Former MP and one-time presidential candidate Tan Cheng Bock yesterday questioned the Government's reasons for reserving the upcoming presidential election for Malay candidates and suggested the changes were made to disqualify him from contesting.
A central plank for his disagreeing with the move was the Government's decision to include the term of the late former president Wee Kim Wee in calculating when a reserved election should be held.
Dr Tan, 76, said Mr Wee, who served from August 1985 to August 1993, did not contest an election.
Speaking at a press conference, he said the Government should refer the matter to the courts for "independent judicial verification".
The next presidential election, due this September, should be open to candidates of all races, he added.
NO NEW POINTS RAISED, SAYS GOVERNMENT
This matter has been considered and debated extensively for more than a year. A Constitutional Commission chaired by the Chief Justice undertook extensive consultations on the Elected Presidency, including public hearings. Dr Tan did not participate in those hearings or give his views to the commission. The Government gave its response to the commission's report in a White Paper, and Parliament debated the matter over three days, before passing amendments to the Constitution. Dr Tan has not raised any new points that require response.
A MINISTRY OF COMMUNICATIONS AND INFORMATION SPOKESMAN, in response to media queries on Dr Tan Cheng Bock's press conference.
"I am concerned that our elected presidency will always be tainted with the suspicion that the reserved election of 2017 was introduced to prevent my candidacy," Dr Tan said at the press conference.
His comments came more than six months after a Constitutional Commission appointed to review the elected presidency (EP) submitted recommendations to the Government, and some five months after Parliament approved changes to the EP.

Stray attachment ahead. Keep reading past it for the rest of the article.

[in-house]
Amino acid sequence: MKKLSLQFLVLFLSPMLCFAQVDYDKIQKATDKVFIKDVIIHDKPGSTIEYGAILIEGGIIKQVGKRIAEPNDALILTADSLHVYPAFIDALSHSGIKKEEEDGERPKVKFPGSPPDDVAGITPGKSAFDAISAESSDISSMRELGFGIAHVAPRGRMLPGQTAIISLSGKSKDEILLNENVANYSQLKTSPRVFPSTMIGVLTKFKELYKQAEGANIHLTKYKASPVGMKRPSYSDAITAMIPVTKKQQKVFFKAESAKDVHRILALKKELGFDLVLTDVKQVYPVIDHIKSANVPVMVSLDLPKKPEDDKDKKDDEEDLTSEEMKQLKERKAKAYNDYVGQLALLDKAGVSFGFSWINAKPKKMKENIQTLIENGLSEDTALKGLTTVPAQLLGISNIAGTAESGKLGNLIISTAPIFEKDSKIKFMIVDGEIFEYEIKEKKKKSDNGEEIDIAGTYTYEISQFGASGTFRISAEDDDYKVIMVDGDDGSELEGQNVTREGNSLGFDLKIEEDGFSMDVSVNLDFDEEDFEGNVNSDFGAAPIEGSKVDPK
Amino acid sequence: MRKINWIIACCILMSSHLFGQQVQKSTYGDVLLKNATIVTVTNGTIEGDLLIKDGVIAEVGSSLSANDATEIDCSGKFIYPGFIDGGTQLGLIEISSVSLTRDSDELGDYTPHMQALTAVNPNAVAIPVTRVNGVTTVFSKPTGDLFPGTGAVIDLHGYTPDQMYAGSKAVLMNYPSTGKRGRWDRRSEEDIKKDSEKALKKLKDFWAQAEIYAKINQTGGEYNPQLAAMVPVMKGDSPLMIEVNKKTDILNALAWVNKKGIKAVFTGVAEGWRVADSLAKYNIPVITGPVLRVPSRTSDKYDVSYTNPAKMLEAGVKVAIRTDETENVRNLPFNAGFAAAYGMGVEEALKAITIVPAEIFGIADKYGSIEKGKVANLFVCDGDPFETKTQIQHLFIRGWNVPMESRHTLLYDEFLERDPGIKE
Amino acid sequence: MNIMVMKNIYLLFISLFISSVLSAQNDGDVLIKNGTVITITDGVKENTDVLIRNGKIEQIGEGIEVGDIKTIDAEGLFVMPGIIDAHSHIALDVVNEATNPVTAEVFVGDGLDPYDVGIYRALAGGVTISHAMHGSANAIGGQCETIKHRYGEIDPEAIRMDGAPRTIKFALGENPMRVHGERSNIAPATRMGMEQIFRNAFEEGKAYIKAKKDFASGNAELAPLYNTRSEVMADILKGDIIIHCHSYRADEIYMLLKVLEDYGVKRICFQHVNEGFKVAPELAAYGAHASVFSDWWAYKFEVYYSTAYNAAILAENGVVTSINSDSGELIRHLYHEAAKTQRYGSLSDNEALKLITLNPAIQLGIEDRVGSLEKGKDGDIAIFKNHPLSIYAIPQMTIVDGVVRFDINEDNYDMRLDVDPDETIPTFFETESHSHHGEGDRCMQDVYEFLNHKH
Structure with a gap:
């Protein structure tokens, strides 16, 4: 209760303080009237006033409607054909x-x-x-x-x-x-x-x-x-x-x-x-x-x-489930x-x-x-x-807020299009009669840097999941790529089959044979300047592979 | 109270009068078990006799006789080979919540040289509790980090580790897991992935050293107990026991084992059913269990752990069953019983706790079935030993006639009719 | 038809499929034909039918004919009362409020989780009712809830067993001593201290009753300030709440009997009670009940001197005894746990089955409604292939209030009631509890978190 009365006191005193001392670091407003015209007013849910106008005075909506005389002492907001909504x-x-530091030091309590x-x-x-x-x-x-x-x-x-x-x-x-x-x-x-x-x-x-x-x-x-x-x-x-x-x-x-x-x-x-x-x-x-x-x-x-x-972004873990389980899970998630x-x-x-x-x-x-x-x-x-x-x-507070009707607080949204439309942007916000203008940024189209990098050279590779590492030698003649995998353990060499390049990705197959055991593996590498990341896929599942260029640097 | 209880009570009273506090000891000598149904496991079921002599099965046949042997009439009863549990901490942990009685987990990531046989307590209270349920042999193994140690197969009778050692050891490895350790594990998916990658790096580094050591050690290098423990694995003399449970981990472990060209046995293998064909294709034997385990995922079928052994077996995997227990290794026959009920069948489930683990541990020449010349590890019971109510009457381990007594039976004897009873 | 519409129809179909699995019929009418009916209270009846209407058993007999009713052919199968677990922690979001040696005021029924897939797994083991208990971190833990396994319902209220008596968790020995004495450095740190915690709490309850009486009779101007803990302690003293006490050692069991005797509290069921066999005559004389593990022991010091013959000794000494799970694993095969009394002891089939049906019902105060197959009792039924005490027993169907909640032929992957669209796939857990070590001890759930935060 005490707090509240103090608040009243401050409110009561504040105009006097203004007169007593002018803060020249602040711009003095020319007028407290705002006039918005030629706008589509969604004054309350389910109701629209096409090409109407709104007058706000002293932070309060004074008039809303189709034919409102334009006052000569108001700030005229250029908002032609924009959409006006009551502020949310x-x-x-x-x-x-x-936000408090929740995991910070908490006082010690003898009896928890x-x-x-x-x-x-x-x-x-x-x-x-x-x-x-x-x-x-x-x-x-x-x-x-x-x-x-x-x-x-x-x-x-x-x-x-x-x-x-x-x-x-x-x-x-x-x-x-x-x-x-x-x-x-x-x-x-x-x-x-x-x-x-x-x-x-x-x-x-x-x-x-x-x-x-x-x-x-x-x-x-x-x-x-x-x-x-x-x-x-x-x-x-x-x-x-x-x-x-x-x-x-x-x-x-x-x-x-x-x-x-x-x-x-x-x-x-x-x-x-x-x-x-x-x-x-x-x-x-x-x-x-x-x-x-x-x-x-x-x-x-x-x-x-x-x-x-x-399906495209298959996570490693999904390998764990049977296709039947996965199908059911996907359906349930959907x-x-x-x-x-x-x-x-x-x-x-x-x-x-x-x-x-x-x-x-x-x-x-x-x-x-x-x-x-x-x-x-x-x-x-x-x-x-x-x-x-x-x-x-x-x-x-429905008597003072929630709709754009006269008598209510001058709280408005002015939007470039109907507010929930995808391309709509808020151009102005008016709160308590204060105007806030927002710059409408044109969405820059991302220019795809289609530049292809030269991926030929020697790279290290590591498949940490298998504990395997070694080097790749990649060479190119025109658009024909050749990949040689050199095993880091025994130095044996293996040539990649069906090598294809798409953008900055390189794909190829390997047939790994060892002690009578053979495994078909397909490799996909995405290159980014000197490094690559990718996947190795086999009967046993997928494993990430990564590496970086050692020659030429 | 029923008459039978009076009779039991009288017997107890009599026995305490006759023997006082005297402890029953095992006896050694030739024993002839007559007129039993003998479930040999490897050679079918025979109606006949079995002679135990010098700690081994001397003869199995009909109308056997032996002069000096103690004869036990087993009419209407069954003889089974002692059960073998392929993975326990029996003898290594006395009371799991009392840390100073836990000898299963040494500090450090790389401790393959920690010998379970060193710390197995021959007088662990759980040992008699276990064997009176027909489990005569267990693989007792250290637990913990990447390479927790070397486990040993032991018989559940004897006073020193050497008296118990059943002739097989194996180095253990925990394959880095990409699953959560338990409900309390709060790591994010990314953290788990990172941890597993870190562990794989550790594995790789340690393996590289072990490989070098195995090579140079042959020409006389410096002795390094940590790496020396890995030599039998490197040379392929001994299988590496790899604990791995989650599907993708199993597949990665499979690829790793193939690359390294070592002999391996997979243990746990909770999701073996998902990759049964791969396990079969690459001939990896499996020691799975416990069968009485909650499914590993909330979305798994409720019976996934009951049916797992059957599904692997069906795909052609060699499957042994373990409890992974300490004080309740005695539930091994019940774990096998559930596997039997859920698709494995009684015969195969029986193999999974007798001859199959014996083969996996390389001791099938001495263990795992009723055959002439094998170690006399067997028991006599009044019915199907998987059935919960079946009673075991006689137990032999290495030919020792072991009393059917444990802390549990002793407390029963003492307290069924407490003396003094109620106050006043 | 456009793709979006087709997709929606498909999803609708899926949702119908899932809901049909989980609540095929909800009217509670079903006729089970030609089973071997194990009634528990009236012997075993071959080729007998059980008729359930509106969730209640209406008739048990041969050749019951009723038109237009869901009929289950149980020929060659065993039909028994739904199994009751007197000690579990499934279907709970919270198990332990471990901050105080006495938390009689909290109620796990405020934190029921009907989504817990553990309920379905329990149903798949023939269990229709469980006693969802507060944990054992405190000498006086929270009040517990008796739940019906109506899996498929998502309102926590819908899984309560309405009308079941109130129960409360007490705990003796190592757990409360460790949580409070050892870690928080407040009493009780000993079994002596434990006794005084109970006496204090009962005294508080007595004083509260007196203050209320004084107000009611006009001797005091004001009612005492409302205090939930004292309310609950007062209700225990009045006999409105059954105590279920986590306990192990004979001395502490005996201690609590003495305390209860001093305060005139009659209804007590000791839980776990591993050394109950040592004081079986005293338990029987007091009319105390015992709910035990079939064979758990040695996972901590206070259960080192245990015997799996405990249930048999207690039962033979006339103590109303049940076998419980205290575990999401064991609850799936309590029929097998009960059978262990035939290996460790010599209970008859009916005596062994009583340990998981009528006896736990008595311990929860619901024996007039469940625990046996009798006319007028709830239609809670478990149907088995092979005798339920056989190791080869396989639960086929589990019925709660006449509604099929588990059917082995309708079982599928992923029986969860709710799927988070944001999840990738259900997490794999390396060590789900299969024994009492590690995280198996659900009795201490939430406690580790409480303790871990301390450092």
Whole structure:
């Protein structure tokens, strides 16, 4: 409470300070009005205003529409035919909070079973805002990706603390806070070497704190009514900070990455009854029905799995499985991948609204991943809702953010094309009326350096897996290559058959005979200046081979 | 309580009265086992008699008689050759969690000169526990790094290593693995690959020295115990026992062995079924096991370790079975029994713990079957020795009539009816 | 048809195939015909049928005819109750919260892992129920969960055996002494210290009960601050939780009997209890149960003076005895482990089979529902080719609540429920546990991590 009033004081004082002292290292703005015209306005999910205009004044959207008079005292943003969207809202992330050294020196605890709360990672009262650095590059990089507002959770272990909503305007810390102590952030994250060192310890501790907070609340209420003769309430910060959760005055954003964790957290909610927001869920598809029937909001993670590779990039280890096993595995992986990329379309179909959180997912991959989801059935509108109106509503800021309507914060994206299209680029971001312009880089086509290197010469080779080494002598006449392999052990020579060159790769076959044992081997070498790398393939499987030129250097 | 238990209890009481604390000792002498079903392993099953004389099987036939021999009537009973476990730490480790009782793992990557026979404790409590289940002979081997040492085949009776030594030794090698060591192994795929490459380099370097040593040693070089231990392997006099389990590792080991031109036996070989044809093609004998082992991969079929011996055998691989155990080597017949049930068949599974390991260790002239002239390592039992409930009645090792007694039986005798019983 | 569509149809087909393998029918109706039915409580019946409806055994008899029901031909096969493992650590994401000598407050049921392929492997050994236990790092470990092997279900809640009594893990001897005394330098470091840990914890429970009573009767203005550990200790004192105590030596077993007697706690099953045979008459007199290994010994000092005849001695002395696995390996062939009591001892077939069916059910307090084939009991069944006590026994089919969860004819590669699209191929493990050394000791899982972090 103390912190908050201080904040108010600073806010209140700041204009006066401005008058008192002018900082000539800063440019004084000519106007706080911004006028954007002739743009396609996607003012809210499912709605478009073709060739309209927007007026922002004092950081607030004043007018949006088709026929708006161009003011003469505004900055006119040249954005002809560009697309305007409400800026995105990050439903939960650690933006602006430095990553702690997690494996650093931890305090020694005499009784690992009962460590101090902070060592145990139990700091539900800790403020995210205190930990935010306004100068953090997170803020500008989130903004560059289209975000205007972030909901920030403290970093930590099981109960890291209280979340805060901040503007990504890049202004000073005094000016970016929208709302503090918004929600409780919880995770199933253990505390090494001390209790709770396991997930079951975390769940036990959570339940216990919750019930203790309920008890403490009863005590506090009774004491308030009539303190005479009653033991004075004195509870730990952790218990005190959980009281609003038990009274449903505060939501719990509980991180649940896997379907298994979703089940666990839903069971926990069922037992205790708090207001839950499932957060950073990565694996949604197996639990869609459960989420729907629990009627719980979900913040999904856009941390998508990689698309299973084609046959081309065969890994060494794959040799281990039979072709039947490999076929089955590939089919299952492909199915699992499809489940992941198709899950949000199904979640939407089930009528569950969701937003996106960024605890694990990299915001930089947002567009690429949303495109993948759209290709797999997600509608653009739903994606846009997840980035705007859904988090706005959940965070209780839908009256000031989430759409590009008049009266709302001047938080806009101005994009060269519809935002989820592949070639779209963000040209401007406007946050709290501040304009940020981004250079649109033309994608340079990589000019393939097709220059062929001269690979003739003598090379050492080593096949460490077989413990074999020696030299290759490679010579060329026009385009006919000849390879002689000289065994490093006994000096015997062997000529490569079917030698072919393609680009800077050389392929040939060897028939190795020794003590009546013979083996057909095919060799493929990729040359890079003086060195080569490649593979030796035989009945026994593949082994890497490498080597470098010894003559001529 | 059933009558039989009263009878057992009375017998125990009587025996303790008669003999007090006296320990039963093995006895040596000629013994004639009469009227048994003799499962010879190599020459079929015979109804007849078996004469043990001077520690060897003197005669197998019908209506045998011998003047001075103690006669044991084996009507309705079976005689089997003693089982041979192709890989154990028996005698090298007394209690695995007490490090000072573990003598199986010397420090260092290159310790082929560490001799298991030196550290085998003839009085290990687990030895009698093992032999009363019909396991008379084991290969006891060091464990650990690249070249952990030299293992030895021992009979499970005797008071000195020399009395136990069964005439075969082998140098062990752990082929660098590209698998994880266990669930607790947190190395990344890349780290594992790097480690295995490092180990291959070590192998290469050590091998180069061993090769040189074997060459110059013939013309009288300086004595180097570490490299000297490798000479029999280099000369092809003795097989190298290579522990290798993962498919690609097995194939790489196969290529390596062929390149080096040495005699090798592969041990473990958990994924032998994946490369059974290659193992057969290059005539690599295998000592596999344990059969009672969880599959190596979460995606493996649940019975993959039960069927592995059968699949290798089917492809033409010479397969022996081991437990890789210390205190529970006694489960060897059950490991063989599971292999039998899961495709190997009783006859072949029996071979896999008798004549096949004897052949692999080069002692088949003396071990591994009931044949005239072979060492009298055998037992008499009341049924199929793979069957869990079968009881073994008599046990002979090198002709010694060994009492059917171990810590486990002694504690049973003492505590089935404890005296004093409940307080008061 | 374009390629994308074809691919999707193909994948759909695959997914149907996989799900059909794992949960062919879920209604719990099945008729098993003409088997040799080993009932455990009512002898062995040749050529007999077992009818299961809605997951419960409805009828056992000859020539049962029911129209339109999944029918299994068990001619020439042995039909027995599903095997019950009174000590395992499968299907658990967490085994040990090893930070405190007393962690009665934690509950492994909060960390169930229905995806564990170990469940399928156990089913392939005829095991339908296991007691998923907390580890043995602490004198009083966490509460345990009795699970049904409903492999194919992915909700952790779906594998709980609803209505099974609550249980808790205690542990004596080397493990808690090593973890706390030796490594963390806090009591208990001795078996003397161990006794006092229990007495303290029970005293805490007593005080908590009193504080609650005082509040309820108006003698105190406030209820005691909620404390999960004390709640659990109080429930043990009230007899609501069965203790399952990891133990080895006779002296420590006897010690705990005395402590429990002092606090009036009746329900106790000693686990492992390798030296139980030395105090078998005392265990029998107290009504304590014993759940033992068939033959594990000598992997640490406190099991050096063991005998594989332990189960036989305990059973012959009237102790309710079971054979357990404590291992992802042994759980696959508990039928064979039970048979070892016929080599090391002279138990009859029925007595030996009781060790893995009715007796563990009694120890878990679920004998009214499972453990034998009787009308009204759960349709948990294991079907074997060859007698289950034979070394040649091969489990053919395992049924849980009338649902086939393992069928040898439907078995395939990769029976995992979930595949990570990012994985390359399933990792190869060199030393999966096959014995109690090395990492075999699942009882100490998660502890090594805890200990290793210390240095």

The commission, set up last year and chaired by Chief Justice Sundaresh Menon, called for views from the public, received over 100 submissions, and held four public hearings in April and May last year.
A key change - to ensure that Singaporeans of all races are represented in the highest office in the land - will see elections reserved for candidates from a particular racial group when no one from the group has held the office for five consecutive terms.
Prime Minister Lee Hsien Loong told Parliament last November that the next election would be reserved for candidates from the Malay community as there has not been a Malay president since Singapore's first president, Mr Yusof Ishak, who died in office in 1970.
The Government, which received advice from the Attorney-General (A-G), started counting the five continuous terms from the term of Mr Wee, the first president vested with the powers of the elected president.
Mr Wee was in office when the EP went into effect in 1991. After him were Mr Ong Teng Cheong; Mr S R Nathan, who served two terms; and current President Tony Tan Keng Yam.
At his hour-long press conference, Dr Tan said starting the count with Mr Wee was erroneous as his powers were given to him by Parliament, "not by the people".
Instead, Mr Ong, elected in 1993, was considered the first elected president, said Dr Tan, who served as a People's Action Party MP from 1980 to 2006.
There was also no proper explanation given as to why the A-G advised the Government to start the count from Mr Wee's term, he said, adding: "If need be, the Government can refer the Attorney-General's Chambers' opinion to court for independent judicial verification."
Dr Tan, who narrowly lost to President Tan in a four-way contest in the 2011 election, said in March last year that he would contest again.
But he is now not eligible to do so, in part because the criteria for candidates has also been tightened. For instance, candidates drawing on their private-sector experience must have been the most senior executive of a company that has at least $500 million in shareholders' equity.
Ministers who responded to criticism last year that the changes might be seen as a move to deny Dr Tan the chance to run explained that the changes were to improve the system for Singapore's long- term benefit - not to bar certain individuals from standing.
Asked yesterday if he would seek a judicial review, Dr Tan said he wanted to keep his options open.
In a statement last night, a Communications and Information Ministry spokesman noted that Dr Tan did not give his views to the Constitutional Commission, and said the changes were considered and debated extensively for over a year.
"Dr Tan has not raised any new points that require response," said the spokesman.